I never saw any 15-6's or derogatory information on personnel in the unit. I never submitted any DEROG's. 1 haven't seen any cases that warrant DEROG's. I believe the soldier involved in detainee abuse at Camp Bucca, belonged to the 320 th MP Battalion. I don't know if the soldiers. I assume DEROG's are handled at the battalion level. There are S-2's at the Battalion level. I have heard of DEROG's they are derogatory statements towards an individual's security clearance. If that is my duty I have failed to perform my duty.
The philosophy of‘01016, the deputy commander, was that he wanted to know the
threat status every town we were potentially going to open up a prison in. He also stated
that he wanted the SIPRNET used to the maximum, and to maintain open contact with
our down trace units S-2's because most didn't have SIPR capabilities.
From July until November 1 made it a point to visit each facility. While I was visiting I made sure my counterintelligence agents assigned to my section go one way while I went the other so every was seen rather quickly to do a threat vulnerability analysis on each facility. Some of the structures we inherited were quite derelict and not up to force protection standards so we concentrated a lot on identifying the force protection vulnerability.
I believe when the Deputy Commander went back to the states BG Karpinski started to participate in the daily staff meetings. That is when I would inform her on the status of the prisons. Occasionally she would ask for a sidebar, a few times I would have a list to submit to her.
I had a relatively positive relationship BG Karpinski I had been BG Hill's aid beforehand and I wanted to make sure that I didn't assume a degree of informality that I had with him. So at first I kept things very formal and distant so that is the reason I brought most of my issues to the Deputy Commander. I could approach the general in an informal matter, especially when it was mission related.
In regards to the incident at Camp Bucca it is unacceptable. It happened once and by the MP standard, and once is too much. 1 am proud of the fact that other MP's reported the incidents. 1 didn't here of what happened in November until January, by the end of December 1 was assigned to Camp Ashcroft with the MEK capitulation mission. I didn't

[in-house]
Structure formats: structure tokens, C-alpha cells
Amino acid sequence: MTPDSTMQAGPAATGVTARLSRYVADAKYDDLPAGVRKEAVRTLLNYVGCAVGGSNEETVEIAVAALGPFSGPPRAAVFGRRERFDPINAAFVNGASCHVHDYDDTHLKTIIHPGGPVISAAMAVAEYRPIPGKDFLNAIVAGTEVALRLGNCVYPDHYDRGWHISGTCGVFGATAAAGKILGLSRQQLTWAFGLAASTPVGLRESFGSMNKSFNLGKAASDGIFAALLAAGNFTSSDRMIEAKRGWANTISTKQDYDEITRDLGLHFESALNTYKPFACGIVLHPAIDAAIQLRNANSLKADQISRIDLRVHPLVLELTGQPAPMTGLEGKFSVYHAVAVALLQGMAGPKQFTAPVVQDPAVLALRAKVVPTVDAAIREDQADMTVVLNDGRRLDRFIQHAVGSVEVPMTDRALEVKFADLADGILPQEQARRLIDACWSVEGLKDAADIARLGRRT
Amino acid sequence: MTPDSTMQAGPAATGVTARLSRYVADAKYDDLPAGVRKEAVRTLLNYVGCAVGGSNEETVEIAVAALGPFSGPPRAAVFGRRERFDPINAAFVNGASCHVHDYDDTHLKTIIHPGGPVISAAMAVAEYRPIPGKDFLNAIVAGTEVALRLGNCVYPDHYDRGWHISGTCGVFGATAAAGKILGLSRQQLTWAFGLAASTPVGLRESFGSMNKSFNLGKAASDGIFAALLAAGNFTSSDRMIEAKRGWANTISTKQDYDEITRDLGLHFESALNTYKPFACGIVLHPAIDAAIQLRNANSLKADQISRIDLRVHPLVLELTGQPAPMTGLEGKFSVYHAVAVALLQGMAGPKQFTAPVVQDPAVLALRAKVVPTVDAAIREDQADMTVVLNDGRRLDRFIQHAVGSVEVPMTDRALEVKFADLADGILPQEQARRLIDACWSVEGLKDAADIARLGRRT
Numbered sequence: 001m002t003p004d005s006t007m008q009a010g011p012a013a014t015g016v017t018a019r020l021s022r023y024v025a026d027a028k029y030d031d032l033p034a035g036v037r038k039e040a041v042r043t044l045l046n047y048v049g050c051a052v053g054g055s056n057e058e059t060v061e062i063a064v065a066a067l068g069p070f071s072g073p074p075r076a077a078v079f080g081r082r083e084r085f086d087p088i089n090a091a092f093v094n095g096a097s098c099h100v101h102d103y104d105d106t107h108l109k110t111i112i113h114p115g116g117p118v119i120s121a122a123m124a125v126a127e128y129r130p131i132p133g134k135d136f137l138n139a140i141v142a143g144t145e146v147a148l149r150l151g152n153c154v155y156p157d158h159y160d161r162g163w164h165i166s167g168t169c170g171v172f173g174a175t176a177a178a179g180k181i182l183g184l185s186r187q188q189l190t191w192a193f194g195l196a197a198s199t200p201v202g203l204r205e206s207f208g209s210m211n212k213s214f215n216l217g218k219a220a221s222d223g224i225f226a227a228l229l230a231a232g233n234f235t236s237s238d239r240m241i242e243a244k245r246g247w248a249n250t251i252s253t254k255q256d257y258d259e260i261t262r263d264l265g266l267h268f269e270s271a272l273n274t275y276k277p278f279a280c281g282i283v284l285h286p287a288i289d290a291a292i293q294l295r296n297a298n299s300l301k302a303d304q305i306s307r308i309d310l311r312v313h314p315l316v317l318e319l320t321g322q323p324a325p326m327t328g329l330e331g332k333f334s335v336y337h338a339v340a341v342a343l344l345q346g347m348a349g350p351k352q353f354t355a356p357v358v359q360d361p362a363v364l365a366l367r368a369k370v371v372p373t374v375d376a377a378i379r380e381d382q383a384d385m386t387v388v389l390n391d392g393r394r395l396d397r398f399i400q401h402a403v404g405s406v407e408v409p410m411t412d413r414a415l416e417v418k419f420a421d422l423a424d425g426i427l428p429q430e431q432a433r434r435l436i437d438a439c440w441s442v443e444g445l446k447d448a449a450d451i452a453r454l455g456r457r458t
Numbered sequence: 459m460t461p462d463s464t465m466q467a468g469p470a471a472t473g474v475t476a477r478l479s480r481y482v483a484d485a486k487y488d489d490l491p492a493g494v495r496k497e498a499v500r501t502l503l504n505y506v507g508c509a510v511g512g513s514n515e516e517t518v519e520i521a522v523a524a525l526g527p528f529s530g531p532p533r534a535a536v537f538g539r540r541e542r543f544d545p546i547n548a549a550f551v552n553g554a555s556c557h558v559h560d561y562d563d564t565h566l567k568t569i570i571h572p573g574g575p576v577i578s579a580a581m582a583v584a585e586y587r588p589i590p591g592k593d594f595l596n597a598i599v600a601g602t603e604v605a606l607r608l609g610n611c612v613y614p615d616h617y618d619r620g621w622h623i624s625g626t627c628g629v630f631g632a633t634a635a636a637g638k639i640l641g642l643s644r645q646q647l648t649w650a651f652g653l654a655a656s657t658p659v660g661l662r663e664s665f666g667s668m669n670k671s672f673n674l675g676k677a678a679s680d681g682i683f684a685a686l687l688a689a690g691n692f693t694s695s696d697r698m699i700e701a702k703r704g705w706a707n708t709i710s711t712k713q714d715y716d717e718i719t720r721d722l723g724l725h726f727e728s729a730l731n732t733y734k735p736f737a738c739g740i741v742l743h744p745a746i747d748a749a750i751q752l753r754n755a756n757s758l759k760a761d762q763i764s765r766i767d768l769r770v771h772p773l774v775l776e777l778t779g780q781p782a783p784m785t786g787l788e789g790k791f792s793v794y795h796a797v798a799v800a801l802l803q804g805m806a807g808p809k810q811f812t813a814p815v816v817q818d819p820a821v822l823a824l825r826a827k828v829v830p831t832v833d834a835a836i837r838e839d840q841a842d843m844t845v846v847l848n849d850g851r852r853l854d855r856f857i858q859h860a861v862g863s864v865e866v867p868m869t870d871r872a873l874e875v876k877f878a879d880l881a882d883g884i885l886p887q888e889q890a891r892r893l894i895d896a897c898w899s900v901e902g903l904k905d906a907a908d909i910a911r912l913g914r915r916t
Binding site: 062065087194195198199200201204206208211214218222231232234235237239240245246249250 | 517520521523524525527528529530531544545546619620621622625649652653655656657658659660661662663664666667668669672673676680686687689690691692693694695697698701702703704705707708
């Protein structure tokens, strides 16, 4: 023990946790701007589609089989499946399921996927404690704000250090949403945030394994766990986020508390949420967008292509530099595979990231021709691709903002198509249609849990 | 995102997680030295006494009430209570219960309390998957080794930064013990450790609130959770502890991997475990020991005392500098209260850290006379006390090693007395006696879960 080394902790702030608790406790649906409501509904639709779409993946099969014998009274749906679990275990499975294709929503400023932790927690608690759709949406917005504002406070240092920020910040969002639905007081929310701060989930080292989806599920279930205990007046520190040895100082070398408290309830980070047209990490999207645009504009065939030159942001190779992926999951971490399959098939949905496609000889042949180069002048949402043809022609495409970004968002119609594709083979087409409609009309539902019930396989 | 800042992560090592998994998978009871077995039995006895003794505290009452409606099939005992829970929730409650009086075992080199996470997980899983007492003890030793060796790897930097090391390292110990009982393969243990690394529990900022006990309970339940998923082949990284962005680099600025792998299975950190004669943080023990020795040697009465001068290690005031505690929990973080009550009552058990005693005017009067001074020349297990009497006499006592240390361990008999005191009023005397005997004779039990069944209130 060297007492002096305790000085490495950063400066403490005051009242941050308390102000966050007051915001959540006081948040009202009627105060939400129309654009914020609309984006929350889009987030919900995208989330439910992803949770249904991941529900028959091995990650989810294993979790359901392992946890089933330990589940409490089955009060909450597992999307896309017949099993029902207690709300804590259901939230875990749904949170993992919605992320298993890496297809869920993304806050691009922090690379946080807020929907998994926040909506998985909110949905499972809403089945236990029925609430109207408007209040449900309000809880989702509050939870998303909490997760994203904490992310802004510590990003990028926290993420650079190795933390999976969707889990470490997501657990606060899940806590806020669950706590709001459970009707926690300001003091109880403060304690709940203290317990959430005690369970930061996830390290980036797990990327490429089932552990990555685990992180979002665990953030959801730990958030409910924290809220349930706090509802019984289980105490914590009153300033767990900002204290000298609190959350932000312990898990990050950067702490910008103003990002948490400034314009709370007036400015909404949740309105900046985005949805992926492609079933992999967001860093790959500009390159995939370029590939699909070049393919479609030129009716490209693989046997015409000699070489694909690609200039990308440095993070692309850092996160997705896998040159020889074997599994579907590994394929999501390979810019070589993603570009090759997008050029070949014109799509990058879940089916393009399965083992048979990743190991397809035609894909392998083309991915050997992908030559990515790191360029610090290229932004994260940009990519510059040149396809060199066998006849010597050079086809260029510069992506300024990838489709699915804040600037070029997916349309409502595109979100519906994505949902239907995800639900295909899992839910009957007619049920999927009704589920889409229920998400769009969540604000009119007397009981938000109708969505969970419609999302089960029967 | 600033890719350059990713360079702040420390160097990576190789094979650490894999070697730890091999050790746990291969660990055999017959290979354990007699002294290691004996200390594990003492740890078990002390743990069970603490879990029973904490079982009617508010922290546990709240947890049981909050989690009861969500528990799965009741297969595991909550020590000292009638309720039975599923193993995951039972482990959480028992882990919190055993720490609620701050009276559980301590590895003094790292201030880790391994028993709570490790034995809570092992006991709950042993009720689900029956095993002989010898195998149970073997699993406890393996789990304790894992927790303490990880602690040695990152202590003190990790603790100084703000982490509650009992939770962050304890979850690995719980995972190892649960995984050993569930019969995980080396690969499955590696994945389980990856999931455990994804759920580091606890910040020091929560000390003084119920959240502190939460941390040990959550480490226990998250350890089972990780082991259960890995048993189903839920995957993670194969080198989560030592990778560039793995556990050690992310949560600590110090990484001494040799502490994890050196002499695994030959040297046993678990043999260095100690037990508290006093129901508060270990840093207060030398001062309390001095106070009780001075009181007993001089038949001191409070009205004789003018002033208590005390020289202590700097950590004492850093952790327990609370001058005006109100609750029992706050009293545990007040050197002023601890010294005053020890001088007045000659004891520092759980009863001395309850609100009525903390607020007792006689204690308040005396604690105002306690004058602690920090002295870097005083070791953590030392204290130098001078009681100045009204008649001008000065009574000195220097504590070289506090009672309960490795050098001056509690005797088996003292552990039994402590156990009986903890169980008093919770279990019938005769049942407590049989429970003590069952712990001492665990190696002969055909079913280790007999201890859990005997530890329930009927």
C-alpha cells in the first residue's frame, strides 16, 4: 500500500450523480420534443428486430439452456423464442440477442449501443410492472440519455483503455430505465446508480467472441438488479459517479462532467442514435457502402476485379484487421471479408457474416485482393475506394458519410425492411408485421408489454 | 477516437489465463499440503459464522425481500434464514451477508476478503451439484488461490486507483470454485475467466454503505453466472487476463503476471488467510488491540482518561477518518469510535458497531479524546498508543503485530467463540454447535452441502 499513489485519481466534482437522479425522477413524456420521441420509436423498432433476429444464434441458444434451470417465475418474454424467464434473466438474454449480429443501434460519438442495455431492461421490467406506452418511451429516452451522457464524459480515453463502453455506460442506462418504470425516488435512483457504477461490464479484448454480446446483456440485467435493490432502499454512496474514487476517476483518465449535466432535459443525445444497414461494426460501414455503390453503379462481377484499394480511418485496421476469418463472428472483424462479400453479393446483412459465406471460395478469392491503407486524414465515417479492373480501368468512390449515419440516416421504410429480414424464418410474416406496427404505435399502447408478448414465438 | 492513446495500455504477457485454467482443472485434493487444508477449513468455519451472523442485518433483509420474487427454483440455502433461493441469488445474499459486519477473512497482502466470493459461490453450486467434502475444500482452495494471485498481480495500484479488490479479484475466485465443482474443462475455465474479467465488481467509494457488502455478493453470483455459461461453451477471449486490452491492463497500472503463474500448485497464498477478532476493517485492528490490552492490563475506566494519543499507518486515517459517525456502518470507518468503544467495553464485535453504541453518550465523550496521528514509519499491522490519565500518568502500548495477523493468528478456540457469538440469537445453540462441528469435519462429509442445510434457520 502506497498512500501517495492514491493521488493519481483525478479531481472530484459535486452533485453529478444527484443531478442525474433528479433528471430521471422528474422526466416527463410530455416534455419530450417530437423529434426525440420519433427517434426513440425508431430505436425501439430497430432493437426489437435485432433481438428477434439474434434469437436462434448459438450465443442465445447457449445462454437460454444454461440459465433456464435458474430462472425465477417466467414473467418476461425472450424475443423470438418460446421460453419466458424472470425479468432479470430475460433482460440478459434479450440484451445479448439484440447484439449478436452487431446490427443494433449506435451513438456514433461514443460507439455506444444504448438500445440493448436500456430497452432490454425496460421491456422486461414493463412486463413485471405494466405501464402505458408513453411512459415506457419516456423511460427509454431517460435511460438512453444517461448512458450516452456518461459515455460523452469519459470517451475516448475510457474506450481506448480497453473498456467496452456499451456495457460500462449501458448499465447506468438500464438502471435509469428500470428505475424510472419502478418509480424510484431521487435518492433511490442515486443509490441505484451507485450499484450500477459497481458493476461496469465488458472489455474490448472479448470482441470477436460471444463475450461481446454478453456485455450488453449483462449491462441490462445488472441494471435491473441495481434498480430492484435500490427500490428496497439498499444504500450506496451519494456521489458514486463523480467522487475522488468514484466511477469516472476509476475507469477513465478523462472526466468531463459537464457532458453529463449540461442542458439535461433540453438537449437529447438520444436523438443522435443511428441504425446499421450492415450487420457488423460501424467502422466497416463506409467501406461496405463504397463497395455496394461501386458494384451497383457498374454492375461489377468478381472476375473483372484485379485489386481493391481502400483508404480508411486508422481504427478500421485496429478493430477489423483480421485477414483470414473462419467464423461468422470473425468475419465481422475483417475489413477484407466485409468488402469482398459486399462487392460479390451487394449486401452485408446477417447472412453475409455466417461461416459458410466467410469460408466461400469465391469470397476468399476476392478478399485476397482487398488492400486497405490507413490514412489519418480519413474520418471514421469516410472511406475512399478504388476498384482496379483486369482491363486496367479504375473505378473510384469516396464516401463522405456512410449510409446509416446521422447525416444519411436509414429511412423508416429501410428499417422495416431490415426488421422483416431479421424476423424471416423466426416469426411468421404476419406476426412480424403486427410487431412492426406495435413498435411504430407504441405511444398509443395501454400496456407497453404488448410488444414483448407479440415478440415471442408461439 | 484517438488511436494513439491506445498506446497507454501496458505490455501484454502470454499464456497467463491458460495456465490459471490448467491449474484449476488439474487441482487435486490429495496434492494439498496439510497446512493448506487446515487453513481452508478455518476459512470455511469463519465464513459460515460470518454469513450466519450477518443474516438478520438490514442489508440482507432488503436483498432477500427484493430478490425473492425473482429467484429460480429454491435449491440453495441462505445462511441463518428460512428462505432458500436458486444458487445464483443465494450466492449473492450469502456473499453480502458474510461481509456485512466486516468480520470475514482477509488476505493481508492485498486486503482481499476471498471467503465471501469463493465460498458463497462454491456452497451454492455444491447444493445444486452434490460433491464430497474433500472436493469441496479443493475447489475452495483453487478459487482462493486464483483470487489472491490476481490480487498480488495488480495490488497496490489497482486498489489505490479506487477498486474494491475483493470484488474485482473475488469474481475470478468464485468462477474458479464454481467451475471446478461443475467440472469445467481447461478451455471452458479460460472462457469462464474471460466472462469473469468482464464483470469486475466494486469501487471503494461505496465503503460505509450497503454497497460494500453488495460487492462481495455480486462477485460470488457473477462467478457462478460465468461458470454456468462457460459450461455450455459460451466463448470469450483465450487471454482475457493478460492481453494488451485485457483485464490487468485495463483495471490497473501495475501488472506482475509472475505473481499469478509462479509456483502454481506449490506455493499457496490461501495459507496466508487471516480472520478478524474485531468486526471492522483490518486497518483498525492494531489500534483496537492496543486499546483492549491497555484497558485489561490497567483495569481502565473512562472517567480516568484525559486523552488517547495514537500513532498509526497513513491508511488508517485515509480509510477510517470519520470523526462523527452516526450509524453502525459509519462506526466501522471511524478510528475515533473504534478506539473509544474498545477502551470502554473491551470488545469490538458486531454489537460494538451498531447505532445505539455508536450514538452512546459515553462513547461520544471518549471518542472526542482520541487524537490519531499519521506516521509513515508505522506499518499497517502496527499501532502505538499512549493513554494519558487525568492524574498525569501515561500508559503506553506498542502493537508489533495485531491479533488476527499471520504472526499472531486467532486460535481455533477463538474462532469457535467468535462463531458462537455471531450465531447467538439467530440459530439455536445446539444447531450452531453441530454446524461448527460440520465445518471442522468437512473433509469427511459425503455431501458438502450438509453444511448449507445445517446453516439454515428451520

here about the incidents until I made it back to Camp Arifjan and I was told I was on a
list. I wasn't read in on the picture taking incident, because I was at the MEK. BG
Karpinski was at MEK for a little while also, but she had to go back. The MEK was a
place where we negotiated with high-ranking Iraqi Soldiers to capitulate. From my
understanding there was a FRAGO for BG Karpinski to be there at the MEK, but she was
only there for about 3 to 4 days.
By August we realized that CPA was not able to fulfill their obligation to build the
prison, so the focus was to build something bigger at Abu Graib which later became
known as Camp Ganci. We need Camp Ganci in order to be able to hold the vast amount
of prisoners we were getting because the building of hard stands were getting slower. At
that time we had prison operations being done at Mosul, and several other locations.
Our OPLAN was based on EPW operations and that something we had prepared for a
very long time.
I know BG Karpinski made it a point to visit all of the facilities including the smaller ones on several occasions. When I came off of leave the 205 th MI Brigade was named the land-owners of Abu Graib prison. In July and August we weren't getting any support for force protection, and we had started accumulating numerous mortar attacks, one of which we sustained fatalities in the prison population, it was until a month and a half later when some MI soldiers were killed by a motor attack that we received force protection.
The MEK was never a TOC for the 800 th MP Brigade. The FRAGO said for her to be
there not to move the operations there. She was needed there for the delicate operations
going on at the time.